Card of the Day: 1949 Bowman Rip Sewell

Today’s Card of the Day features a Pittsburgh Pirates all-time great pitcher who has not been included previously in this series. Truett “Rip” Sewell was born on this date in 1907 in Decatur, Alabama. He played for the Pirates from 1938 through 1949, winning a total of 143 games, which is tied for seventh most in franchise history. He had back-to-back 21-win seasons in 1943-44. Not only were those the only 20-win seasons for the Pirates between 1931 and 1950, it was also the last time that a Pirates pitcher won 20+ games in back-to-back seasons. He’s from an incredible baseball family that includes four MLB players, including Hall of Famer Joe Sewell, and a cousin Luke Sewell, who played 20 years in the majors. Not only is this the first time we are including Rip Sewell, it’s also the first time for the 1949 Bowman set, so let’s get right into this piece of cardboard artwork.

Here’s the front of the card:

Bowman produced a set of cards in 1948 using black and white photos. They included just 48 cards in the set, but it was their first attempt at a baseball card set and it’s quite popular now due to the player selection. In 1949 they decided to do a colorized set and they expanded to 240 cards. The front design is very simple. Off-white borders with a solid background for each player, along with a box near the bottom of the photo for their name. Not every player has their name on the front of the card. Many of the players have their nicknames on the front. Sewell is (and was back then) better known for his nickname. A search on for “Rip Sewell” (in quotation marks so they have to be found next to each other to show in the results) between 1940 and 1949 turned up over 59,000 results. Searching for “Truett Sewell”, you get about 1/3 of the results, and many of those often included his nickname in the article. Despite pitching pro ball from 1931-37, the nickname doesn’t show up in print until 1938 and there’s no specific reason behind it, other than Rip was a popular nickname back then and apparently his wife bestowed it upon him.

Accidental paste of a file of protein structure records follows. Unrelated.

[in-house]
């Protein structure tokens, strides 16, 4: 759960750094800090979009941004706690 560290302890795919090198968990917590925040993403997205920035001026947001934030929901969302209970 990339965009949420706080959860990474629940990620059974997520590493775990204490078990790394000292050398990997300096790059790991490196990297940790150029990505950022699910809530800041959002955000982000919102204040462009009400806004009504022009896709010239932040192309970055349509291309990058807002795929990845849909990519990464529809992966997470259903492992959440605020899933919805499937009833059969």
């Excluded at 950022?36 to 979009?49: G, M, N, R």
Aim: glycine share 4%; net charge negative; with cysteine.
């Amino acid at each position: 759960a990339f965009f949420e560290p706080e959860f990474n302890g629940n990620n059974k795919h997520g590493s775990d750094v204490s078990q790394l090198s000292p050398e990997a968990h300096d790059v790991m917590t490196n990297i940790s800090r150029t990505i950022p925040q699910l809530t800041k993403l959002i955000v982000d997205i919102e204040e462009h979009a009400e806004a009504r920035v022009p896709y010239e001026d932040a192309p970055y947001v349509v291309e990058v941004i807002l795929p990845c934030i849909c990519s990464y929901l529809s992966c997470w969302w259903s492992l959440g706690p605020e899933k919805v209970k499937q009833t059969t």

Here’s the back of the card:

The back is trying to call me a liar. I’m not 100% sure why he is listed as having a 1908 birthday, but birth dates were wrong often back in the early days of baseball, usually for one of two reasons. Players either claimed to be older at a young age to get into pro ball sooner, or they claimed to be younger so they wouldn’t get overlooked as a potential prospect. Rip Sewell debuted in pro ball at 24 years old, so I could see him shaving a year off of his age to help his cause.

The bio section on the back mentions his famous eephus pitch, which it was called long before 1949 when this set came out, so they missed an opportunity by calling it the blooper ball. This set is actually from his final season in the majors when he went 6-1, 3.91 in 76 innings. I like how it ends, almost as if they needed three more words to fill out a quota and they went with “a good hitter”. He hit .203 in the majors, with six homers.

Half of the back is an ad for a baseball ring…excuse me, an official baseball ring. Don’t bother trying to get it though, the offer expired December 31, 1949. I’m interested to know which states didn’t allow people to buy official baseball rings in 1949.

These cards are somewhat difficult to find. There are just four options on Ebay right now and they range from $45 to $79. Under completed auctions in the last three months, you will find just five sales, with the lowest one going for $12.50 in pretty rough shape. If you want a nice presentable one, you should be looking to spend at least $30. Happy hunting!